United States 1887-1969
Oil on panel, 1913
Museum purchase with
funds provided by the
Leona G. Landberge Bequest
© San Diego Museum of Art
By producing his first abstract paintings as early as 1910,
Dawson joins Arthur Dove, Abraham Walkowitz, Morgan Russell, and Konrad Cramer,
as one of the most avant-garde painters in the
United States at the beginning of the twentieth century.
Born and raised in Chicago to a family who had been part of the city’s cultural life for generations, Dawson trained as a civil engineer before joining the design department of the distinguished Chicago architectural firm of Holabird and Roche. The fact that painting was his avocation makes Dawson’s pioneering efforts in modern art all the more remarkable.
Dawson was well acquainted with avant-garde trends in painting. For example, during his visit to Europe in 1910 he dined in Siena with John Singer Sargent and spent a Saturday evening at the Paris salon of Gertrude Stein. In December 1912 he was asked to submit works to the Armory Show, the exhibition that would introduce modern art to the United States during the winter of 1913. To the disappointment of Arthur B. Davies, the exhibition’s principal organizer, Dawson lacked confidence in his art and decided not to contribute.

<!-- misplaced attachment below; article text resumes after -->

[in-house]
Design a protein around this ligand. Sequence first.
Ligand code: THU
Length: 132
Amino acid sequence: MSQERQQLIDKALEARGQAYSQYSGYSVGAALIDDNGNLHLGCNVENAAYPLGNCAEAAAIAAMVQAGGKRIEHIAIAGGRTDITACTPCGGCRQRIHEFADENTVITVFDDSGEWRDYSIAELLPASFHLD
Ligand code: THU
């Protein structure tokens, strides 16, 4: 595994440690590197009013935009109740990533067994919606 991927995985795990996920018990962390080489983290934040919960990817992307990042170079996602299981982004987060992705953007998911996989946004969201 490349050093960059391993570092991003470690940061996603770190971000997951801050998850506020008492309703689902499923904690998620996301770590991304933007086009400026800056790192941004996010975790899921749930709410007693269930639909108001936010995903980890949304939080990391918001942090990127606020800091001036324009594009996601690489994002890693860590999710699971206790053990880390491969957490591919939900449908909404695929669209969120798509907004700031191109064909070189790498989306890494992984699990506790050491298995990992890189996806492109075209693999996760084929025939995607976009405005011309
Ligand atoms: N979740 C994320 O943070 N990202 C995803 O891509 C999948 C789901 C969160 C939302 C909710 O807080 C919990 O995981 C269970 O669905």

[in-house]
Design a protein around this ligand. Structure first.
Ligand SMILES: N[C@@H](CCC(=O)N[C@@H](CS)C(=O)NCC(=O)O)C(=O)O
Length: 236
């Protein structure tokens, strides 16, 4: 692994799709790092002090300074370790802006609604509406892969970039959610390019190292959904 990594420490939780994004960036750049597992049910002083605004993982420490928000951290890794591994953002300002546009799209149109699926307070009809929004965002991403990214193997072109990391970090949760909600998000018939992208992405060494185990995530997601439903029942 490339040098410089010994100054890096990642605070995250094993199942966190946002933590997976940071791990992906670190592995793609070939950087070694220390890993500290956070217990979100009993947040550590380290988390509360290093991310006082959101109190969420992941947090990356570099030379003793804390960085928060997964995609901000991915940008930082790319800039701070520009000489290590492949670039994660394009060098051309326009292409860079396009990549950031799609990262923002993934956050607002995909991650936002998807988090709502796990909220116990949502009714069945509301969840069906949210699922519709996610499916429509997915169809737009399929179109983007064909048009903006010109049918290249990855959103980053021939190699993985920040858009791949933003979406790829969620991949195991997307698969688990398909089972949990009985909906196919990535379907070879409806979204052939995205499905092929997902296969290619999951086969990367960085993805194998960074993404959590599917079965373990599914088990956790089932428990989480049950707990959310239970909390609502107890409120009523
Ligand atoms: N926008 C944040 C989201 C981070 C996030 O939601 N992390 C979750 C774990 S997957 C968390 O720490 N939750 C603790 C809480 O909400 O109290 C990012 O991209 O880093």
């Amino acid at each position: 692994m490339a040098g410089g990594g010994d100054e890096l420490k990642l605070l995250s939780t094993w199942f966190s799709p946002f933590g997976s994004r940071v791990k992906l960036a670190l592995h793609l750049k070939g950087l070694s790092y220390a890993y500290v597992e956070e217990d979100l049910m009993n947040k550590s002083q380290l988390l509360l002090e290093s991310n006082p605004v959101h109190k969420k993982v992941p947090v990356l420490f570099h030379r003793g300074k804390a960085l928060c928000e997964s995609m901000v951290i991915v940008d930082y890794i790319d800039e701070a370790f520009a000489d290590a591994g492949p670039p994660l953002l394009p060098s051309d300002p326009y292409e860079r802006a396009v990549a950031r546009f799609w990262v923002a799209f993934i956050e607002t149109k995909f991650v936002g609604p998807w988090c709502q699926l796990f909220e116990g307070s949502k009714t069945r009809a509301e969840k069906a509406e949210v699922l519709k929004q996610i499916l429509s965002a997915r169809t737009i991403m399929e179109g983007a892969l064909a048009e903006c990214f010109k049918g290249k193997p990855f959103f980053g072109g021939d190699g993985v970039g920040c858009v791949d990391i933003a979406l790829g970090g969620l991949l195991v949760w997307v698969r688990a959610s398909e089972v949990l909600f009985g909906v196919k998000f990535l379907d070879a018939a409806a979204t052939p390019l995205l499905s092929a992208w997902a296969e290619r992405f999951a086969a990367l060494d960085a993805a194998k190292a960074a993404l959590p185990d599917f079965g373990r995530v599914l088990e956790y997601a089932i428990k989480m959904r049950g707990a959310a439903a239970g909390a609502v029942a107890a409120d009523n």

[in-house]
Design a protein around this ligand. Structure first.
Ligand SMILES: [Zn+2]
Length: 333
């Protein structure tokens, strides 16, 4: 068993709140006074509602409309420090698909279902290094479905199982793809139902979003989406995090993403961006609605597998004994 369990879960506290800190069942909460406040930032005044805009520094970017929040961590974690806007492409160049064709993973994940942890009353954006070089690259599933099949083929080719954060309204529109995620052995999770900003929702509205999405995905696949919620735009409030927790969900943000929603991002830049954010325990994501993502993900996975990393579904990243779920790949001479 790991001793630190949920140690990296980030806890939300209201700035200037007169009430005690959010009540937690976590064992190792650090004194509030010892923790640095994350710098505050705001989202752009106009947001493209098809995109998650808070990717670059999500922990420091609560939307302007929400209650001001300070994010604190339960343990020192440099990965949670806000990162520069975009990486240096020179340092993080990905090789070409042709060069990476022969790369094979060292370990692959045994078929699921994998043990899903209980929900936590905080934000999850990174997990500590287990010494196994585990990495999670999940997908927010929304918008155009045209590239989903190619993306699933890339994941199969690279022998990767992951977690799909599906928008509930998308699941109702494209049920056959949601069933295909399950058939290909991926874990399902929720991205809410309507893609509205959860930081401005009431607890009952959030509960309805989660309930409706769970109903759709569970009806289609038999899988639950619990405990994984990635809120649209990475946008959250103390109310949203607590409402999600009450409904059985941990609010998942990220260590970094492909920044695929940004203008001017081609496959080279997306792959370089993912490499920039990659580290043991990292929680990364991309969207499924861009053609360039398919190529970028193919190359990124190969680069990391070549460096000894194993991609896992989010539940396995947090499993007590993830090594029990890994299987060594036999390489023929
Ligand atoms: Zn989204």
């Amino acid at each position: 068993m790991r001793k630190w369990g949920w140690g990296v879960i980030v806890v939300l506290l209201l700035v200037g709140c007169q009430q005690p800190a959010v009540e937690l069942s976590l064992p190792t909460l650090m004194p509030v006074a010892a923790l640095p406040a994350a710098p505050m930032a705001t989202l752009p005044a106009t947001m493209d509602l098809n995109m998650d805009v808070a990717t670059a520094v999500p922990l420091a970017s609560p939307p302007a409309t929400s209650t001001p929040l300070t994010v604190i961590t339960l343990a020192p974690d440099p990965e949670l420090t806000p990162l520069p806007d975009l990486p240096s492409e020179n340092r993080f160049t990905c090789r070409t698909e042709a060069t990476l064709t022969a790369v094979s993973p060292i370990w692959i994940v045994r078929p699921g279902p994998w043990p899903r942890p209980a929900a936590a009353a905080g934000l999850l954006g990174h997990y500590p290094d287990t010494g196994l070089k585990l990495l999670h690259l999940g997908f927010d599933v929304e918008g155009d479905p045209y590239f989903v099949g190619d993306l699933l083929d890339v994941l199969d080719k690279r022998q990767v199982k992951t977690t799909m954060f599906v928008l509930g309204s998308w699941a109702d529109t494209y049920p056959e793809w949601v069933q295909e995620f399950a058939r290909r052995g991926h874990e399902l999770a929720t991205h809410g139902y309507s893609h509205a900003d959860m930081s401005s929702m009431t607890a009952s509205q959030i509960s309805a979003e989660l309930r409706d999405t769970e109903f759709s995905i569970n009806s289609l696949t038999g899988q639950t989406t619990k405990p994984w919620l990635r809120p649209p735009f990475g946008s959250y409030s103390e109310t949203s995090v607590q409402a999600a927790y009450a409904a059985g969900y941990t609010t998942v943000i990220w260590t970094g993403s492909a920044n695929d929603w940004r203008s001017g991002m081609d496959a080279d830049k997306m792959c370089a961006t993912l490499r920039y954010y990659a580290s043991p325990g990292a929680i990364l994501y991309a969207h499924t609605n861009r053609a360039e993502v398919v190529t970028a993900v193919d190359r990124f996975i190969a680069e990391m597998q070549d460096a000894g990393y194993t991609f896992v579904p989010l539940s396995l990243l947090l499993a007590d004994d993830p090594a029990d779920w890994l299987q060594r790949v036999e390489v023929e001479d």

By 1914 Dawson was finding his work for Holabird and Roche increasingly unrewarding. That year he decided to buy a fruit orchard in Ludington, Michigan; he believed the long winter months would leave him ample time to paint. Unfortunately, the demands of the farm were year-round, and Dawson’s production as an artist only diminished. Although he continued to paint throughout his life, Dawson and his work were largely forgotten until the Ringling Museum of Art in Sarasota, Florida, organized a retrospective exhibition in 1967.
Observation was produced when Dawson was at the height of his powers as an abstract painter. The work is composed of cubistic facets of burnt orange, alternating with muted green and tan, each outlined with black. This is a compositional structure informed by the paintings of Cézanne, Picasso, and Kandinsky, which Dawson had seen in Europe and, most likely, at the Armory Show.
(For Grades K-2)
What sort of mood do these colors give you? Why?
What primary colors do you see? Secondary?
Did the artist use mostly warm colors or cool colors?
What sort of shapes do you see?
Are these shapes geometric or organic?